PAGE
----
When a property is registered as an asset of community value (ACV) under the Localism Act 2011 the result can be a major headache for would-be developers. However, as a case concerning the future of a much-loved former golf course showed, overturning such a registration can be an uphill struggle.
The course was almost a century old and was the work of a legendary sporting architect. It had, however, struggled financially for some years and the final blow came in the form of the COVID-19 pandemic. Following its closure, the local authority acceded to requests from local people and registered it as an ACV.
The registration meant that the course's freehold owner, which had been acquired by a property developer for £3.2 million, could not sell the land without giving notice to the council. If a community interest group came forward with the intention of putting in an alternative bid, the owner would face a six-month moratorium on any sale.
In challenging the registration, the owner asserted, amongst other things, that it had no intention of selling the course. There was no realistic prospect of the course reopening, or of any other community use being established on the land, within five years. No economically viable alternative proposal had been put forward and, given the high value of the land – as reflected by the price the developer had recently paid for its owner – it would not be practicable for a community interest group to raise sufficient funds to purchase it.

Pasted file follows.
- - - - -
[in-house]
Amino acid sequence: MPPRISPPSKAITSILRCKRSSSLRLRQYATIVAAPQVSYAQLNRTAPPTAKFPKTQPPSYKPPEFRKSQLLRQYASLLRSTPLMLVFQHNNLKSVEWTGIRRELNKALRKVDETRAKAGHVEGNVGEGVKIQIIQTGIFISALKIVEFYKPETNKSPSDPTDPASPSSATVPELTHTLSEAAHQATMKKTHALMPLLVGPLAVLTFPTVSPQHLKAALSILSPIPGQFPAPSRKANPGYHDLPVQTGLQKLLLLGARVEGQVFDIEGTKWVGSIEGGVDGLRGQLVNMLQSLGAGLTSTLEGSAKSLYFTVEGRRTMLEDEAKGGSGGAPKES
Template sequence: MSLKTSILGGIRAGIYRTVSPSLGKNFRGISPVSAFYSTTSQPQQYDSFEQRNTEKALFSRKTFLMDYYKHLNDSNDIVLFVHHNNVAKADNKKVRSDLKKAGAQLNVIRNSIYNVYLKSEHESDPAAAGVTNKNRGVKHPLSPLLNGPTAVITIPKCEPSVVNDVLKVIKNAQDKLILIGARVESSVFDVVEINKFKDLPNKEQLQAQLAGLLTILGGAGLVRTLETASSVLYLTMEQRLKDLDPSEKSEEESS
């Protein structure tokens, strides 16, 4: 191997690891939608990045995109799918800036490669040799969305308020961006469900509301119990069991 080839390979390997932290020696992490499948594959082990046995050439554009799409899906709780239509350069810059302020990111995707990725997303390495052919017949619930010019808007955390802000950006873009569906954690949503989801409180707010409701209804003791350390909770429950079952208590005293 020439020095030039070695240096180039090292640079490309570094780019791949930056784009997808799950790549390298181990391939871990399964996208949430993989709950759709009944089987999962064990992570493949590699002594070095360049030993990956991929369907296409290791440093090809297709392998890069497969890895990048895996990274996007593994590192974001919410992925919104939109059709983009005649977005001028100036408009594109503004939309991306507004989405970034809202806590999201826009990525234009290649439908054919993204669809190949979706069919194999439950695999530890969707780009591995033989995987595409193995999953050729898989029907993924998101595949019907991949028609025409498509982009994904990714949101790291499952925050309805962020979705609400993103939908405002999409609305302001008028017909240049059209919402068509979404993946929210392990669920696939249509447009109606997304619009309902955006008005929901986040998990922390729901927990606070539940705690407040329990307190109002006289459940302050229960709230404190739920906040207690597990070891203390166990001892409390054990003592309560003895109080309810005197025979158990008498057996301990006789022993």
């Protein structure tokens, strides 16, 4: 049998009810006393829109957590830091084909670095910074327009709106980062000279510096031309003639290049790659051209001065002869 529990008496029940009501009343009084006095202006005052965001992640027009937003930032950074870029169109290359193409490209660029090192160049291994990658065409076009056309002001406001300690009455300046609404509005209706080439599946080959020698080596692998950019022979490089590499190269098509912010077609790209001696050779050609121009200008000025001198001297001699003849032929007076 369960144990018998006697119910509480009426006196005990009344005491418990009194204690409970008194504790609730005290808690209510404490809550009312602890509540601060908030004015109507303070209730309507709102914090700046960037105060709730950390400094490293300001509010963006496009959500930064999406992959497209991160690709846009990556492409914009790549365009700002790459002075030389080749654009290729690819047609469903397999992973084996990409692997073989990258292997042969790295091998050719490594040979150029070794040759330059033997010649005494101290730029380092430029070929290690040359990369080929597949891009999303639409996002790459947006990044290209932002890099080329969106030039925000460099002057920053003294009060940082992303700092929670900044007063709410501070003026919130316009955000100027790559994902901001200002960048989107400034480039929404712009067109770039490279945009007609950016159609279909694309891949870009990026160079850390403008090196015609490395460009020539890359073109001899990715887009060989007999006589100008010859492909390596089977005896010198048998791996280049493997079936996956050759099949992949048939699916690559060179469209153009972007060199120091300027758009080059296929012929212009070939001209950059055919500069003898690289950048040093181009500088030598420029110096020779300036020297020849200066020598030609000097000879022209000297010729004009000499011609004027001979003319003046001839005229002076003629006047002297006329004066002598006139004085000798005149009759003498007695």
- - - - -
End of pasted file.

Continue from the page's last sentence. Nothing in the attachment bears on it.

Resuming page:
Dismissing the appeal, however, the First-tier Tribunal (FTT) noted that the highly rated course had long been one of the area's most famous landmarks. There was a high demand for golfing facilities in the area and, although it had been allowed to run wild since its closure, the course was highly valued as a green oasis for inner-city wildlife.
The FTT emphasised that the sole issue for it to decide was whether it was realistic to think that the course could be used within five years for any purpose that furthered the social wellbeing or interests of the local community. The establishment of such a use did not have to be likely or probable, but merely possible, in the sense of not being fanciful.
There was a risk that the developer's attempts to gain planning permission to build on the course would not bear fruit. Negotiations to lift a restrictive covenant – which confined the use of part of the land to that of a golf course and clubhouse – might also be unsuccessful. It was realistic that a lifestyle purchaser might come forward who would be willing to work with the local community to create a green space for all sorts of different social and recreational activities.
At the registration stage, it was not necessary to establish that community use of the land would make financial sense. Such uses need not be, and often are not, commercially profitable. It was important not to confuse such questions of economic viability with what community enthusiasm and innovation and a specialist investor with a large amount of capital might achieve together.